Not to put too fine a point on it, but I HAVE lived in a major metro area. Grand Junction does indeed have many of the problems of a major metro area when it comes to crime, gang activity, homeless people, etc. Happily, Grand Junction's crime stats have improved in the last year or two from rankings that were considerably worse than the national averages. I attribute part of that to the fact that a lot of transient oilfield workers and unemployed people have simply left the area as the boom subsided. Grand Junction is not East LA by any stretch, but neither is it a quiet small town. I think I'm qualified to make that distinction as I've lived in everything from ranches where the nearest neighbor was 2 miles away, to small towns of 1,000 to 10,000 people, to metro areas of over 1.5 million.
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Old 03-12-2012, 11:40 AM
 
Location: Wherabouts Unknown!
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jazz....I'm not saying YOU never lived in a metro area. Although I failed to point it out, I was referring to the friend you quoted. GJ indeed has the problems you mention, but it is on such a small scale compared to a large metro area. Other than the homelessness issue, in almost 6 years of living in GJ, I've rarely come across the ohter problems you mention. That was not the case when I lived in a large metro area. Comparing the problems of GJ to the problems of a large metro are is akin to a comparison between apples and oranges. As far as I can tell, homelessness has little to do with the size of a community. Growing up in a small PA town with just 750 residents, there were always a few homeless people hanging around town. Even in the good ole days of the 50s and 60s when the world was a kinder, friendlier place than it is today.

Last edited by CosmicWizard; 03-12-2012 at 12:29 PM..
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Old 03-12-2012, 01:22 PM
 
Location: Colorado Plateau
1,133 posts, read 3,337,431 times
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It's been almost 20 years now, but I moved out west from the north shore of Massachusetts. First I lived for several years in northern WY (Sheridan) then I moved to GJ ten years ago. Never really experienced culture shock. I love the wild wide open spaces.

If you can get by on very little money, you can do ok here. I went to college here and finally have a decent job.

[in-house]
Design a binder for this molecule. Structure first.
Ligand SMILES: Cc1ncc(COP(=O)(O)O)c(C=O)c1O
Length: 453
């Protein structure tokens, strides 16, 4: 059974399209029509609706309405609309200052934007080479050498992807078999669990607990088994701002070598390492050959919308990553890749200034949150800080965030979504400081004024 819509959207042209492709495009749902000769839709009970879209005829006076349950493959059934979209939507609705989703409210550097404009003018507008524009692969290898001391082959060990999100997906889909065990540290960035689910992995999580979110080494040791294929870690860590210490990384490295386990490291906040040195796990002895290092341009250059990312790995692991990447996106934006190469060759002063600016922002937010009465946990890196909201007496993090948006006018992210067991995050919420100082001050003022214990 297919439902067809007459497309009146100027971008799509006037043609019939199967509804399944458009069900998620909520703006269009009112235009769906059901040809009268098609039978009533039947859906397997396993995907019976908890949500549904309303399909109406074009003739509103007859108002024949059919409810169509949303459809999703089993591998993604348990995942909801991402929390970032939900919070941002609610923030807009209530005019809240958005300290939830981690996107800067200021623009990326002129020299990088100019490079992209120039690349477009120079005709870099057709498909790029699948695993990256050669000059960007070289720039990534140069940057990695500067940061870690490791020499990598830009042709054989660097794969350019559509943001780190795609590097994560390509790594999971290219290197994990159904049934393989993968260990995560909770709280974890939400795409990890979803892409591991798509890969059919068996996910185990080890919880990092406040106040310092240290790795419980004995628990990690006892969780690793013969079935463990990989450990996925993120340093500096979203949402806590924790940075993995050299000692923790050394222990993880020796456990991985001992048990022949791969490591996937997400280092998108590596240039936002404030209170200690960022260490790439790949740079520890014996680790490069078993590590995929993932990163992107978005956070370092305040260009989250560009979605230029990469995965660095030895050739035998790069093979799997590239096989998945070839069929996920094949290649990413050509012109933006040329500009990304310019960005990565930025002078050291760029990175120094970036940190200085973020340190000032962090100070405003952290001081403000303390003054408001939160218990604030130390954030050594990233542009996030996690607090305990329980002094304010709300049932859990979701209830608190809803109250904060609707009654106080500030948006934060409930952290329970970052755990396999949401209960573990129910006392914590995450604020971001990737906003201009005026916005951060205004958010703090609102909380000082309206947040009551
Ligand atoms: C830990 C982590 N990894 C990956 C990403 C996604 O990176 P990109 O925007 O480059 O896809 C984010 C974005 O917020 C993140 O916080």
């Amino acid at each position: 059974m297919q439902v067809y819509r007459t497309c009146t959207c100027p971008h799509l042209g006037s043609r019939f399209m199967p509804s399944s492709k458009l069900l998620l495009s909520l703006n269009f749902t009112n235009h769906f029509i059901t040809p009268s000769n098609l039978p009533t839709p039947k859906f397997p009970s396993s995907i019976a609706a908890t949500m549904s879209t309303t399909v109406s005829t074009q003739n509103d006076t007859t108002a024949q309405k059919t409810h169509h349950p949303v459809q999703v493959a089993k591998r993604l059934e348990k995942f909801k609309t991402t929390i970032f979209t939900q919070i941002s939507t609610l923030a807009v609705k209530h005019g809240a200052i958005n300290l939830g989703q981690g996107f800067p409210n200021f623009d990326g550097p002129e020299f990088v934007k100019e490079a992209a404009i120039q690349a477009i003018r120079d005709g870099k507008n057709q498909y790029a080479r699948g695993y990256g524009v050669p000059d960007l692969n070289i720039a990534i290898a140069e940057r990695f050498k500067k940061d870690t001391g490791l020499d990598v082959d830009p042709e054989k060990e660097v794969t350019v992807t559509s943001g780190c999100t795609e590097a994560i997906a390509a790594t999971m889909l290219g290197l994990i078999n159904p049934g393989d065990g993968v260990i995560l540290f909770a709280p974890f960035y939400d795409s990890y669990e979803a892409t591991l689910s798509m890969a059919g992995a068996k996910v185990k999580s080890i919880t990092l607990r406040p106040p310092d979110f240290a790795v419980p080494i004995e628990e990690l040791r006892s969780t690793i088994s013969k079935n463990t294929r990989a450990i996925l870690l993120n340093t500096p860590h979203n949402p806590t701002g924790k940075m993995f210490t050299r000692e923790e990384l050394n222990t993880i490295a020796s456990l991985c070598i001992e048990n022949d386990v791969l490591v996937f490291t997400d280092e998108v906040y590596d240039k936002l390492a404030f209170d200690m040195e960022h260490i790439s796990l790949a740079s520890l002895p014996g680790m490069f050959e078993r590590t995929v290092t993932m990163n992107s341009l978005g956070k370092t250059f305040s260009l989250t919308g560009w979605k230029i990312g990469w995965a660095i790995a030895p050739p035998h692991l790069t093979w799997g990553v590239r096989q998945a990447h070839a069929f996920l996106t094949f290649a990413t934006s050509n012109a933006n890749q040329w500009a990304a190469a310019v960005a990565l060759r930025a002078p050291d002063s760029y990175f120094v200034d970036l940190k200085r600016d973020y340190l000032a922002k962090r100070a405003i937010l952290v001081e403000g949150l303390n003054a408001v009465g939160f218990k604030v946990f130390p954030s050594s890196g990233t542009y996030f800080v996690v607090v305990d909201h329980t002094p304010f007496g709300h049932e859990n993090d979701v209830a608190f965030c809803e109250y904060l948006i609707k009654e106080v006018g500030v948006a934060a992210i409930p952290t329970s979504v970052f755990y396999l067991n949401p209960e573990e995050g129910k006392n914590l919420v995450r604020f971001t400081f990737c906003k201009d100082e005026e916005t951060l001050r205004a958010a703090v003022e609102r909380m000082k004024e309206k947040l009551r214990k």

I like it here a lot, but I wasn't really the type of person to like the east coast lifestyle anyways.
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Old 03-12-2012, 01:50 PM
 
8,317 posts, read 25,788,874 times
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Quote:
Originally Posted by CosmicWizard View Post
jazz....I'm not saying YOU never lived in a metro area. Although I failed to point it out, I was referring to the friend you quoted. GJ indeed has the problems you mention, but it is on such a small scale compared to a large metro area. Other than the homelessness issue, in almost 6 years of living in GJ, I've rarely come across the ohter problems you mention. That was not the case when I lived in a large metro area. Comparing the problems of GJ to the problems of a large metro are is akin to a comparison between apples and oranges. As far as I can tell, homelessness has little to do with the size of a community. Growing up in a small PA town with just 750 residents, there were always a few homeless people hanging around town. Even in the good ole days of the 50s and 60s when the world was a kinder, friendlier place than it is today.
The friend I quoted has also lived in metro areas, including one of the largest in the West--bigger than Denver. If you haven't run into the problems that I mentioned about Grand Junction, you can count yourself fortunate. There is an unfortunate amount of property crime most everywhere in rural Colorado--especially considering the relatively low population. I've actually been a victim of property crime--and not just petty theft--more here than I was when I lived in a metro area. Underfunded and understaffed law enforcement is a major reason, in my opinion--and I think the budget crisis gripping rural Colorado is only going to make that situation worse. Violent crime in rural Colorado is much easier to avoid than in many metro areas. Violent crime here tends to be from domestic violence, drug-related, and things like bar fights, etc. Avoid that, and you've avoided most of the potential for violent crime here.

Interestingly, one would think that Salt Lake City and its environs, with its strong LDS influence, would have below average crime rates, but the stats show otherwise. Rural areas of Utah typically have pretty low crime rates, but many areas of the Salt Lake Valley have crime rates above the national average. Odd.
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Old 03-12-2012, 02:05 PM
 
Location: Wherabouts Unknown!
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jazzlover wrote:
If you haven't run into the problems that I mentioned about Grand Junction, you can count yourself fortunate. There is an unfortunate amount of property crime most everywhere in rural Colorado--especially considering the relatively low population.